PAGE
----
The ultimate goal of all computer science is the program. In the beginning, so our myths and stories tell us, the programmer created the program from the eternal nothingness of the void. These notes have the status of letters written to ourselves: we wrote them down because, without doing so, we found ourselves making up new arguments over and over again. In 2002 at the first OOPSLA Onward track, James Noble and Robert Biddle presented a paper entitled “Notes on Postmodern Programming”. The paper was a both a paean, a homage to the love of programming and its lore, but also a mocking attack. One common question was whether the paper was serious or a joke? It was both, and that was the agenda. In following years, similar papers were presented, with diminishing impact: the shock of the new wears off. In this retrospective, we revisit some of the propositions made in the early papers, and attempt to re-experience the shock. Old men forget: yet all shall be forgot, but we’ll remember with advantages what feats we did that day.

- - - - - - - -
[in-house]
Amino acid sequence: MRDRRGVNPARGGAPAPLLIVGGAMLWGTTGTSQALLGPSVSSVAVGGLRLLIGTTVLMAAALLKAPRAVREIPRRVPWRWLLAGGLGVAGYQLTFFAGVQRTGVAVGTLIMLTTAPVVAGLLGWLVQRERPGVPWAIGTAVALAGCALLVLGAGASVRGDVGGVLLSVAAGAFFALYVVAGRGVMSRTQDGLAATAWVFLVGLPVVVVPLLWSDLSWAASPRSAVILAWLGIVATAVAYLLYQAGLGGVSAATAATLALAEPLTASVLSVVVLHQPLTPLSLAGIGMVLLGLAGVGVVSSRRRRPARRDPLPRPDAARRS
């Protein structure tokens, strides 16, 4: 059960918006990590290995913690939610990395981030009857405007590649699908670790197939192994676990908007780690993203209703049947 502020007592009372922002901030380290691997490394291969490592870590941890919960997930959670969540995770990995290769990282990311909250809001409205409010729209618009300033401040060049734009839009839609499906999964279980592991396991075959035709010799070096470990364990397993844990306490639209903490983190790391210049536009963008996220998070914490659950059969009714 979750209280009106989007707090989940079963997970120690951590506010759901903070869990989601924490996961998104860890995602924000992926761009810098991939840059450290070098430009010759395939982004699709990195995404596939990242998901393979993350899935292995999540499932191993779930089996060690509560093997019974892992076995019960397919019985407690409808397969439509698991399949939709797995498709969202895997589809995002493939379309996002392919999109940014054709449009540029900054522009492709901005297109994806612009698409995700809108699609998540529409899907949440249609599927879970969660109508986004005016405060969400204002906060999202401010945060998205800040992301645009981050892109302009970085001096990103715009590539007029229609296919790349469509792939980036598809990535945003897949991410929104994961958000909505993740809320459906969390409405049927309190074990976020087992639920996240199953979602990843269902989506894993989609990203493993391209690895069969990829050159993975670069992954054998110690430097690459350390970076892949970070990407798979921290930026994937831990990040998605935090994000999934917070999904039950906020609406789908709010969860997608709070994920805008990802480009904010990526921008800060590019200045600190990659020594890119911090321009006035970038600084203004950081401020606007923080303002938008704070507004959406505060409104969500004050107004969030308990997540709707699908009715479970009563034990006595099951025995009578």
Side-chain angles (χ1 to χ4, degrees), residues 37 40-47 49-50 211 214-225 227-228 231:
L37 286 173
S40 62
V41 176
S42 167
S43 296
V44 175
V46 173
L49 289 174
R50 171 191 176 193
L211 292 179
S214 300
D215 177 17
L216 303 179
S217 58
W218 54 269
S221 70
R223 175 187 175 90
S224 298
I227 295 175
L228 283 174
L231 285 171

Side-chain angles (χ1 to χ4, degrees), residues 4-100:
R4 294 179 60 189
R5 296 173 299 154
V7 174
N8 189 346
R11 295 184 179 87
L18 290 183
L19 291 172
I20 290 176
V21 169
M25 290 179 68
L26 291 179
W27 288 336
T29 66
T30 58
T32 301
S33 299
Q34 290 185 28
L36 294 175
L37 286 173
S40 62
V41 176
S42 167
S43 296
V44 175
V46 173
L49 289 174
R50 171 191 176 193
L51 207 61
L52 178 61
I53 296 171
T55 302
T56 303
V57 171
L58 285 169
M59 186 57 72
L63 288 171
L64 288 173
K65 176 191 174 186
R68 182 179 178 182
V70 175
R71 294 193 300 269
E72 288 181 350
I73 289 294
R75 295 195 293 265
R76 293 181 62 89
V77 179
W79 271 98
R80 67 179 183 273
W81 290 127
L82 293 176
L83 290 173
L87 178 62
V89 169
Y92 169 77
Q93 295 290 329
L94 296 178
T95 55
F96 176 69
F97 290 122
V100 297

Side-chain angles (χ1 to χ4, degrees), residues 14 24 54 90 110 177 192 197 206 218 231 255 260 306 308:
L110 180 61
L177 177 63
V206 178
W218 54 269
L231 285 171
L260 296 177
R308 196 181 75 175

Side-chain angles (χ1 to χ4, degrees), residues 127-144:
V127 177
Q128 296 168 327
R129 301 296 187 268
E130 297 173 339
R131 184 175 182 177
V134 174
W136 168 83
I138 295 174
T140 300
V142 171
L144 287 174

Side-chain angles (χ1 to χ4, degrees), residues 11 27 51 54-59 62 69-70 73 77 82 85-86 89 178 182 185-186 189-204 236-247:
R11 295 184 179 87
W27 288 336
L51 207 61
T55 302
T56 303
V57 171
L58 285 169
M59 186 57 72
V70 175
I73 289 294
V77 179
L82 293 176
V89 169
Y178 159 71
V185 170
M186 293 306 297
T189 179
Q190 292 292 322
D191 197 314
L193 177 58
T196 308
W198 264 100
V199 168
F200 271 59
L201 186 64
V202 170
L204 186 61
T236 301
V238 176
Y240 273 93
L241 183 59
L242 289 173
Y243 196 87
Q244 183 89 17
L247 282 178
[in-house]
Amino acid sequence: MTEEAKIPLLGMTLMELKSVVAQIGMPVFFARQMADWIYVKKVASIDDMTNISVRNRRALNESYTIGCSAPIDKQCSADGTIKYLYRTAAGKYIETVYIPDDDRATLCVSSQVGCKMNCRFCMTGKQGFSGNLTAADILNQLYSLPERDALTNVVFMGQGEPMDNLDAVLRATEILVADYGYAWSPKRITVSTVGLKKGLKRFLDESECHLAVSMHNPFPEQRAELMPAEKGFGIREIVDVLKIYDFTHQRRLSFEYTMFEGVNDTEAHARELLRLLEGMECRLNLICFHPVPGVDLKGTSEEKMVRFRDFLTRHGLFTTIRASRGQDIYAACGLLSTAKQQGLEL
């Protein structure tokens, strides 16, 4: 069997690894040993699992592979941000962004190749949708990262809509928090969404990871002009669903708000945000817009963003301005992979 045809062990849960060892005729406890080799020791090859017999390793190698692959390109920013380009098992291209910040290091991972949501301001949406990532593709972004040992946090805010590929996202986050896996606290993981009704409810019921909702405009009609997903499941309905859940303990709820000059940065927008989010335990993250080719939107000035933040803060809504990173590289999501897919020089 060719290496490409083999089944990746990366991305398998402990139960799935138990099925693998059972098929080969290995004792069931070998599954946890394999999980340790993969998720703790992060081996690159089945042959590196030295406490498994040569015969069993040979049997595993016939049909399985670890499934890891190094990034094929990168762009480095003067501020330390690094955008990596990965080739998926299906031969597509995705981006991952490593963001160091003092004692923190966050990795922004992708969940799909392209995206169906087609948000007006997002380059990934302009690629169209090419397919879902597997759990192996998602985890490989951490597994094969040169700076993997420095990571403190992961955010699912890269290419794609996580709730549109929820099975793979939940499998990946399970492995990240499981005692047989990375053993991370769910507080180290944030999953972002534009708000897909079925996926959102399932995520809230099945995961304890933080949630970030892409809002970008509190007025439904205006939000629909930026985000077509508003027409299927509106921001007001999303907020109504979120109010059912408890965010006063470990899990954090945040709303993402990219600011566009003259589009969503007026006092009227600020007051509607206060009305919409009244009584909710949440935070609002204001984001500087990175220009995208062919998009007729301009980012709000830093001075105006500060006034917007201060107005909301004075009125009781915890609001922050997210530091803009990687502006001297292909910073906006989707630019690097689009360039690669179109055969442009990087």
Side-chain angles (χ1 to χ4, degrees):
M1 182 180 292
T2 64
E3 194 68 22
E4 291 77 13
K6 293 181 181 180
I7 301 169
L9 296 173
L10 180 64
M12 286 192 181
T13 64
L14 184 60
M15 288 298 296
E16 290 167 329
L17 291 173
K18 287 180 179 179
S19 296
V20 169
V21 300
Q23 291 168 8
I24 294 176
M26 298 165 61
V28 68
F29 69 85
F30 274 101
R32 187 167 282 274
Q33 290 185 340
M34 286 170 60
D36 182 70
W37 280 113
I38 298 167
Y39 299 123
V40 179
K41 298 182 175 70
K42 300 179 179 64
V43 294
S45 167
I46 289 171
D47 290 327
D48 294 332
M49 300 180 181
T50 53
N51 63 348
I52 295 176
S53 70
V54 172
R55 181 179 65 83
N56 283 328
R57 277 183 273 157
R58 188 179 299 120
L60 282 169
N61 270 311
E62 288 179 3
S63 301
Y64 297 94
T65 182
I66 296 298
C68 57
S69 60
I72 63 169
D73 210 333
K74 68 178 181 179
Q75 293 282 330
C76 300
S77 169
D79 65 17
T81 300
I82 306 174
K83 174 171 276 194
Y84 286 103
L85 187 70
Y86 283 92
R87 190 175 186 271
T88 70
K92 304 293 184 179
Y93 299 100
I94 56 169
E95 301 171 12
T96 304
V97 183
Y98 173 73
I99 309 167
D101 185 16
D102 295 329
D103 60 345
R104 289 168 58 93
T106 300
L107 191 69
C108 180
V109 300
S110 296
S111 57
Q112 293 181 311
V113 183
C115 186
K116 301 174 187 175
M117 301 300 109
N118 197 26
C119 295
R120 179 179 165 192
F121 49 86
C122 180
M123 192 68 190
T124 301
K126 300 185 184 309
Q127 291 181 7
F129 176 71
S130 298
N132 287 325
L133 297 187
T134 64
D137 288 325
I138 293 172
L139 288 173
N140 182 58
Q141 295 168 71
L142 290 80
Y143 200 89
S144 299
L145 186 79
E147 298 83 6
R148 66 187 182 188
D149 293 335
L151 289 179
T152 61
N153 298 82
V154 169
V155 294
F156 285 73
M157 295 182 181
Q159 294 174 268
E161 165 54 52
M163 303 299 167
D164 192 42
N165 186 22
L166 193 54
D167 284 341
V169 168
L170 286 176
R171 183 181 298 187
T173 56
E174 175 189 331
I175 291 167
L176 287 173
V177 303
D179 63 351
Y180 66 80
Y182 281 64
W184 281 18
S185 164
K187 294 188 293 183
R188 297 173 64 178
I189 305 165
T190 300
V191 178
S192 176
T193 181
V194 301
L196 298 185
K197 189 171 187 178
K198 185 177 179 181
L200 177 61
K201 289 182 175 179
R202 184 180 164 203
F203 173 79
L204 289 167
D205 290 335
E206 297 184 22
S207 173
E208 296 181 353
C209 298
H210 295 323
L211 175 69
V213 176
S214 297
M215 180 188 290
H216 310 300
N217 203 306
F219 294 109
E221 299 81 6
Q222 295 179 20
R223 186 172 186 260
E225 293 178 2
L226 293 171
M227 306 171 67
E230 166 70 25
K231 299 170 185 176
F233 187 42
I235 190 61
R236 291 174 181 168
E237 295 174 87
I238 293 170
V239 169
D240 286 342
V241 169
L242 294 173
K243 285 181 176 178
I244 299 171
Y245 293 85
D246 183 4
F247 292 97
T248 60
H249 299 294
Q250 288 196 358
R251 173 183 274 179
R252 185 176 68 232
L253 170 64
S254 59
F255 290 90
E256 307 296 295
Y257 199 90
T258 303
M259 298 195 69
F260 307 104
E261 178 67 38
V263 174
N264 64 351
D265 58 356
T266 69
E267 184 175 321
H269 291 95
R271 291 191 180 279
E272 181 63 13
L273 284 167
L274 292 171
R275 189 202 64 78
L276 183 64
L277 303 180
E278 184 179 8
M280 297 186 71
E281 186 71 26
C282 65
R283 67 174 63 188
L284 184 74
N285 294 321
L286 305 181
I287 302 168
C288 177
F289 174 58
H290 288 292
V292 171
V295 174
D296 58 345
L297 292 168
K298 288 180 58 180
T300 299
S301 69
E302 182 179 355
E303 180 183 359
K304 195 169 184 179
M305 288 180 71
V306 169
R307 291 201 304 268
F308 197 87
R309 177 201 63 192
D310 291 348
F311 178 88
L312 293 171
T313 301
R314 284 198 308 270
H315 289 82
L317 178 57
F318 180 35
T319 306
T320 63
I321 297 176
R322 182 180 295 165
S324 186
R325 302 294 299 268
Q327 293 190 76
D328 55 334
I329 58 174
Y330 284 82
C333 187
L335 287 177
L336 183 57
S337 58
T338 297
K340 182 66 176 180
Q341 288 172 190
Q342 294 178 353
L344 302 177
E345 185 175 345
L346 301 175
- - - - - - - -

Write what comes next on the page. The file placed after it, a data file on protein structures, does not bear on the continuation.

James Noble is Professor of Computer Science and Software Engineering at Victoria University of Wellington, New Zealand. James has B.Sc(Hons) and Ph.D. degrees, both from VUW, completed in 1997. After leaving VUW, James worked in Sydney, first at the University of Technology, Sydney, and then at the Microsoft Research Institute, Macquarie University. James returned to VUW as a lecturer in late 1999, just in time to avoid the predicted end of the world.
James’s research centres around software design. This includes the design of the users’ interface, the parts of software that users have to deal with every day, and the programmers’ interface, the internal structures and organisations of software that programmers see only when they are designing, building, or modifying software. His research in both of these areas is coloured by my longstanding interest in object oriented approaches to design, and topics he has studies range from aliasing and object ownership, design patterns, agile methodology, via usability, visualisation and computer music, to postmodernism and the semiotics of programming.